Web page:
where the candidate lived. it made sense. it fit the candidate. sometimes it is just an inspiration. the centenarians thing. when i was trying to figure out how to define the oklahoma way, i typed oklahoma to see what popped up. it was the centennial. i didn't know it was the centennial. google held me learned that and that led to the centenarians being in the ad. every person is different in how they do their creative approach. when you have a team i encourage you to brainstorm. oftentimes i sit at the computer on my own to play with words until something comes up. >> i would assume polling and funding would speak to this but are there any outside factors outside of the campaign that affect -- with anything that you
need to be aware of? >> when you go on the air is something every campaign wrestles with. it is best to stick to the game plan of going on when you can stay on for the duration of the campaign. if you have a march primary you are not going to go on and stay through the november election. if it is a march primary you go on -- it is late january. then go dark and start waging a general election campaign. some campaigns toy with this idea of let's spend money to raise money and it never works. you spend too much trying to get on the air. it never pays for itself. i am trying to think of an example. you are seeing senators who have tough votes on the health care reform bill going on the air and explaining why they did it. some people are not running
until 2012. there might be a reason like that to go on the air to deal with the issue of the moment that is troublesome from the candidacy. for the most part you wait and sometimes it is hard to wait. if someone has more money and is on the airline earlier and you're watching them solidify their support and get some of those undecided voters, sometimes you have to wait. or you make a calculated gamble that we are going on two weeks earlier than we thought. we are confident in our plan and we think we will become competitive and we will have better fund raising at the end than we are looking for. worst thing you can do is leave money unspent. the budgeting is the hardest part and figuring out where you are going to be the last two weeks of the campaign, pay all your vendors so if your candidate loses you don't want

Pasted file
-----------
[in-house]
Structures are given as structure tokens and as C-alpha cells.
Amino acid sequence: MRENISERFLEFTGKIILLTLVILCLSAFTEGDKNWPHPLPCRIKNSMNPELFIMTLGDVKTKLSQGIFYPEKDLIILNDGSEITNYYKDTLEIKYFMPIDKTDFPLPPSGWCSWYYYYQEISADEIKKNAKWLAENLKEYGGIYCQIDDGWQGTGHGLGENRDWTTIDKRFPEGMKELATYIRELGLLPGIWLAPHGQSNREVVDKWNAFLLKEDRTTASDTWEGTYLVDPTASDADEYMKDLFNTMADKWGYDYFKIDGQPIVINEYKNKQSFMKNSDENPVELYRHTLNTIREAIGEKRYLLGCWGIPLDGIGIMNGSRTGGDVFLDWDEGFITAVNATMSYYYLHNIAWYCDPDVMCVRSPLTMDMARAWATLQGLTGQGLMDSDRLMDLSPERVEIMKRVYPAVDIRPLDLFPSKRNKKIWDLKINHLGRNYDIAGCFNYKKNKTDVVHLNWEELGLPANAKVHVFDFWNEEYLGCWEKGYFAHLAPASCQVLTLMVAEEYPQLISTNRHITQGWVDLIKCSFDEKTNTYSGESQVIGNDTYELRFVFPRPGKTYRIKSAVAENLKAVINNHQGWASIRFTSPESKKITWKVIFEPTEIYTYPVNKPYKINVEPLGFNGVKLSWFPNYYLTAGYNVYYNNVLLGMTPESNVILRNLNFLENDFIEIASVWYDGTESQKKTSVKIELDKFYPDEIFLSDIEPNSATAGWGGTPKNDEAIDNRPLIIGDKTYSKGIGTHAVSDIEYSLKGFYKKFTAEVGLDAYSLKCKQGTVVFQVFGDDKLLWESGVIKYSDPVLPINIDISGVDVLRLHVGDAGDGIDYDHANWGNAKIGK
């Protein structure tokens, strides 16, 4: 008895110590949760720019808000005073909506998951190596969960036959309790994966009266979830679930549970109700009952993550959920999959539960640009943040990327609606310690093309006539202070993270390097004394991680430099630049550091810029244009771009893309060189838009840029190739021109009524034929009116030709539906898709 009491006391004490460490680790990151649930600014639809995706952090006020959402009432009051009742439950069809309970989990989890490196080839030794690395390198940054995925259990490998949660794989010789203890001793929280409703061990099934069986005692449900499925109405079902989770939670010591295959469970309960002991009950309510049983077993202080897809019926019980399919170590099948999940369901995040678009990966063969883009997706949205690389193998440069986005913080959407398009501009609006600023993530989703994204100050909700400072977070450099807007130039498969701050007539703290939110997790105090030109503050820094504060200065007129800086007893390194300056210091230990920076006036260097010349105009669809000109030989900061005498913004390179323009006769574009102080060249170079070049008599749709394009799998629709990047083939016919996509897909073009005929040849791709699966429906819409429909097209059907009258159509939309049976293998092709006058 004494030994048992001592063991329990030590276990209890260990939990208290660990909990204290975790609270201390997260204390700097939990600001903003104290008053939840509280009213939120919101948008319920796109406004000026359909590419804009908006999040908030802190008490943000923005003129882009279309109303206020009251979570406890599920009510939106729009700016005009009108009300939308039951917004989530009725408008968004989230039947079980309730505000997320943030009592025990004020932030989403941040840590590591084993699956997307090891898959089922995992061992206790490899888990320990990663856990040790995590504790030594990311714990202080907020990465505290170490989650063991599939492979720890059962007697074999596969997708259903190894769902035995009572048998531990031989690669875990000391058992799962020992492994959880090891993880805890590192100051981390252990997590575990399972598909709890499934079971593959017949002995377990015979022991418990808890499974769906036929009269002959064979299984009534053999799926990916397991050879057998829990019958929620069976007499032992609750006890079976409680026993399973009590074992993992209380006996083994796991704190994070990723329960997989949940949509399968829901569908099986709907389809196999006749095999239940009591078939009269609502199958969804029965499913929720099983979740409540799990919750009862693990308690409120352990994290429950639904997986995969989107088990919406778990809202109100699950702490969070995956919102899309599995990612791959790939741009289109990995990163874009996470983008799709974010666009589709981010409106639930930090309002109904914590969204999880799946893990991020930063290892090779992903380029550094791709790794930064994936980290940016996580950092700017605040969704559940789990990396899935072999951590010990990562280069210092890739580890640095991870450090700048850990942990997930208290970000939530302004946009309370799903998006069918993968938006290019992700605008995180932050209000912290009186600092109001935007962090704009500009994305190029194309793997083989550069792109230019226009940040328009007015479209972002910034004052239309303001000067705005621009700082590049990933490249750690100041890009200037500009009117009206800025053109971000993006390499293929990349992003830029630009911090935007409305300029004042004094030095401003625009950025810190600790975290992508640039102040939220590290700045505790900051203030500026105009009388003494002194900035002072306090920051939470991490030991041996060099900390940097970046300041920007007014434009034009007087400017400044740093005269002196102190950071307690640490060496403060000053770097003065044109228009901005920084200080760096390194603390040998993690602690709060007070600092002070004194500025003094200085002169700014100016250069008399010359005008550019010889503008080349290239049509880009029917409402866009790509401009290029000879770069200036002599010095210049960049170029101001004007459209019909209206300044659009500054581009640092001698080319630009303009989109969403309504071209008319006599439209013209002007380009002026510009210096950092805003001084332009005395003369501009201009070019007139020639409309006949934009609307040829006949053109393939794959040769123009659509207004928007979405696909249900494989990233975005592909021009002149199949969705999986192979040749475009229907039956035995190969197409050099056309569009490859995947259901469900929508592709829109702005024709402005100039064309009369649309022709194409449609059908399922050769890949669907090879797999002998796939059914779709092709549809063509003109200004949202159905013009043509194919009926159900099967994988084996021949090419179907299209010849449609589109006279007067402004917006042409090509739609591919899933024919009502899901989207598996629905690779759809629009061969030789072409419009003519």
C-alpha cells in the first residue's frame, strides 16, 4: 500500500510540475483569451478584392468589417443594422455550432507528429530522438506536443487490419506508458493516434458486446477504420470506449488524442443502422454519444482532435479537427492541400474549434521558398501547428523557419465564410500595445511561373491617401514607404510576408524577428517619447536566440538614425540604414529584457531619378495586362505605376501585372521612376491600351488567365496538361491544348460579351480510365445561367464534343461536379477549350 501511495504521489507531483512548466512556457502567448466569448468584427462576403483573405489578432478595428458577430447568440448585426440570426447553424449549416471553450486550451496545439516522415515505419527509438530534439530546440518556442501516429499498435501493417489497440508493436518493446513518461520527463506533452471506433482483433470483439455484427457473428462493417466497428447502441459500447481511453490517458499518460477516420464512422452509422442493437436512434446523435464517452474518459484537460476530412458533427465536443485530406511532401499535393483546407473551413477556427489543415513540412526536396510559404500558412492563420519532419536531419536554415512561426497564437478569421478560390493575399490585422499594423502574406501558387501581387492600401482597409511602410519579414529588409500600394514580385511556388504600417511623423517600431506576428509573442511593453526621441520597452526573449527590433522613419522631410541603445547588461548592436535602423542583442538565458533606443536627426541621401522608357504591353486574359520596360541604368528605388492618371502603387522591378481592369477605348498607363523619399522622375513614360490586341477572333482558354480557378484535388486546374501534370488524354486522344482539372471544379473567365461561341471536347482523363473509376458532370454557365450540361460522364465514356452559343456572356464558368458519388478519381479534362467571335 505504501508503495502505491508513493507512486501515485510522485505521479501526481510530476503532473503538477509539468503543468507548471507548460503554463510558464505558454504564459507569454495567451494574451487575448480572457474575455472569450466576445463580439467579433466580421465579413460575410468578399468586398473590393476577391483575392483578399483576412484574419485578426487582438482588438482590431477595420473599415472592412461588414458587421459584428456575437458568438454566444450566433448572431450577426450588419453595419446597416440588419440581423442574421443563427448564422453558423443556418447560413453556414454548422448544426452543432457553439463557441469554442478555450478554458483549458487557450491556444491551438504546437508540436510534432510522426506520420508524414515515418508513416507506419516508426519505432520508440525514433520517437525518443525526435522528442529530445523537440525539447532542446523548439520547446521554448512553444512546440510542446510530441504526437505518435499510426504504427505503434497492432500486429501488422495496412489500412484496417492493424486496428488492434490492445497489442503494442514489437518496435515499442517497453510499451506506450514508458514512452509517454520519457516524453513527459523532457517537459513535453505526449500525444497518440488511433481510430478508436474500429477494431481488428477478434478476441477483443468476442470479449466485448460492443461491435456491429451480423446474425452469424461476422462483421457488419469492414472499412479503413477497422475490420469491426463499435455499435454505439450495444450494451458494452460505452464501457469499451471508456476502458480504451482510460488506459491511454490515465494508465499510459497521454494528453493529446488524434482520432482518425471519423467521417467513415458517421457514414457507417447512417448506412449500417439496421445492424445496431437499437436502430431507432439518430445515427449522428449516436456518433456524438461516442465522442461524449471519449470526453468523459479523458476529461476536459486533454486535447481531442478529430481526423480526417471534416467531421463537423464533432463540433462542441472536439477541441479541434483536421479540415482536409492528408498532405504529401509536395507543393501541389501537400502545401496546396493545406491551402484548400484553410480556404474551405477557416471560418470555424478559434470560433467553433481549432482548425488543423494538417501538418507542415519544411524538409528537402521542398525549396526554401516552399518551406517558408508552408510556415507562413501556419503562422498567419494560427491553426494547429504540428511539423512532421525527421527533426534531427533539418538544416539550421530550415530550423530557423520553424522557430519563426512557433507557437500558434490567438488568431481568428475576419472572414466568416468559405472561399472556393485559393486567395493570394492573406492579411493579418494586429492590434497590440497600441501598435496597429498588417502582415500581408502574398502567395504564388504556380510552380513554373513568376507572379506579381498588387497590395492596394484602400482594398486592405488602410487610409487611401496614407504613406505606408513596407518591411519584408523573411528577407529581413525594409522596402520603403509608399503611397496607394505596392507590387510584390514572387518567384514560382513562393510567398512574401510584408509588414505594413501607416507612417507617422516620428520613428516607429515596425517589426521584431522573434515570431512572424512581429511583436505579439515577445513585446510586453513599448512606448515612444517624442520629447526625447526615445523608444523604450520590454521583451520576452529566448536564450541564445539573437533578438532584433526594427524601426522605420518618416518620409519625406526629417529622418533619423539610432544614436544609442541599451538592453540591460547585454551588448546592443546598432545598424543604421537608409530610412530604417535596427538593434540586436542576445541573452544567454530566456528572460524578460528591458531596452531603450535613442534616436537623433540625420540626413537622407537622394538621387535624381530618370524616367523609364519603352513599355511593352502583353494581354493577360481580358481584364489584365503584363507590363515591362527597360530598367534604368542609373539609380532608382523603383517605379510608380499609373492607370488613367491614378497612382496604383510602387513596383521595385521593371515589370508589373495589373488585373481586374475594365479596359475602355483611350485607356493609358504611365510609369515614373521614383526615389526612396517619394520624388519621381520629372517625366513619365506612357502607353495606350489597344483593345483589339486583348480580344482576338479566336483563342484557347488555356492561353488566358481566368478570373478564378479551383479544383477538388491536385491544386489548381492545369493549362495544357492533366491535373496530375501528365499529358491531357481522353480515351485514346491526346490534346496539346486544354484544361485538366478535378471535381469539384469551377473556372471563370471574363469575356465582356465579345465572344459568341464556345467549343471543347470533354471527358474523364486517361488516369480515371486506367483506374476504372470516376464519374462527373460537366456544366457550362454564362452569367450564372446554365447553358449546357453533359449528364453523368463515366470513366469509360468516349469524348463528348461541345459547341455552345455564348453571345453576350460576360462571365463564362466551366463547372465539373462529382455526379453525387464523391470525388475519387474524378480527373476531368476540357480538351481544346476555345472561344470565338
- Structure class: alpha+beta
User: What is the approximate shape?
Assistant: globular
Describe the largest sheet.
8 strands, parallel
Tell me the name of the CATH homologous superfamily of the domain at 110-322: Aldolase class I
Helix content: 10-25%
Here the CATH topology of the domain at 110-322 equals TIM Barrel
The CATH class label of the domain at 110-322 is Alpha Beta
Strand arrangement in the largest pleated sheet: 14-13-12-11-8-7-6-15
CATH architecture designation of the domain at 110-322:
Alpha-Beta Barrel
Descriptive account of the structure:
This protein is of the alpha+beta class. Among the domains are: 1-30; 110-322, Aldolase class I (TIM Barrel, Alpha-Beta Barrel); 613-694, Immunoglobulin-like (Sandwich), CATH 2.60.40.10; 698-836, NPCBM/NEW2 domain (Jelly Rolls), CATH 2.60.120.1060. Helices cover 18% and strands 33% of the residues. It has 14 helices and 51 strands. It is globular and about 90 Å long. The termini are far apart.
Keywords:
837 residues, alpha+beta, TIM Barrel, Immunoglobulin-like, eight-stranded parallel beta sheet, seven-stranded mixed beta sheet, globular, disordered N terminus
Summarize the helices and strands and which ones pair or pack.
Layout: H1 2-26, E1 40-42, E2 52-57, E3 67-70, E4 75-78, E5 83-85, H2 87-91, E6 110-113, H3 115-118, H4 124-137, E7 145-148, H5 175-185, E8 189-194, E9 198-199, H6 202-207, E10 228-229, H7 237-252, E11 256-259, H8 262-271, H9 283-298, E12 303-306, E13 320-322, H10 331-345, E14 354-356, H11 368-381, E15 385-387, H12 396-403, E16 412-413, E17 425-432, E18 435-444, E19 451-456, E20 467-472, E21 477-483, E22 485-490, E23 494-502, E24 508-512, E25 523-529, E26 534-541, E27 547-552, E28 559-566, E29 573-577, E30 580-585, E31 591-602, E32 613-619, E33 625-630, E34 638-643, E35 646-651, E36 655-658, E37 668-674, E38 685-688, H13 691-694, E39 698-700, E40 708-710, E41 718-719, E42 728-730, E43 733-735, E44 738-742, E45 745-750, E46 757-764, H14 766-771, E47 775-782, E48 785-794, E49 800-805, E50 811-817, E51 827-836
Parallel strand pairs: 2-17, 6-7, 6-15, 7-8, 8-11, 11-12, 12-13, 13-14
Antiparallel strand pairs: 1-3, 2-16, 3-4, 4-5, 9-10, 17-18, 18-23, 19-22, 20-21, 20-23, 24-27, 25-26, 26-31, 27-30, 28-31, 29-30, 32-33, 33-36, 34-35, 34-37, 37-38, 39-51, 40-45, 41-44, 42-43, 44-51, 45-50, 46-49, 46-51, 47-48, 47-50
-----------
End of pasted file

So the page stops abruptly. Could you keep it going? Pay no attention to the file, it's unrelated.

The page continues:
them getting sued. as a campaign manager, probably the hardest job is figuring out cash flow but most campaigns have better ending fund raising and they expect. if they are viable they do better than they expect. does that answer the question? anybody else? >> if the olympics mess you up, christmas will mess you up, i am trying to think of some other big things. the summer olympics in 2012, you don't want to be on the air when the summer olympics are on the air because no one will listen to you. they are watching the olympics. if you have a march primary this coming year, you have a problem. it will be hard to get people's attention. you don't feel people up during december because -- there are those kinds of things that you
have to -- big media or cultural events are happening that you have to take into account. rarely are really in a position where we are up in december or august, but you will hit one where i have to advertise in the middle of this huge national or international thing. you do come to a lower point for those few days. you never want to come completely down. that is where it gets really tricky and you want guys like mark thinking about this. there is no right or wrong answer but you don't want 2,000 points of expensive television running during a massive national event where no one is paying attention to your television ads. every now and then you run into something like that but it is not common. is very uncommon. >> mark begich went off the air for about a week during the summer olympics.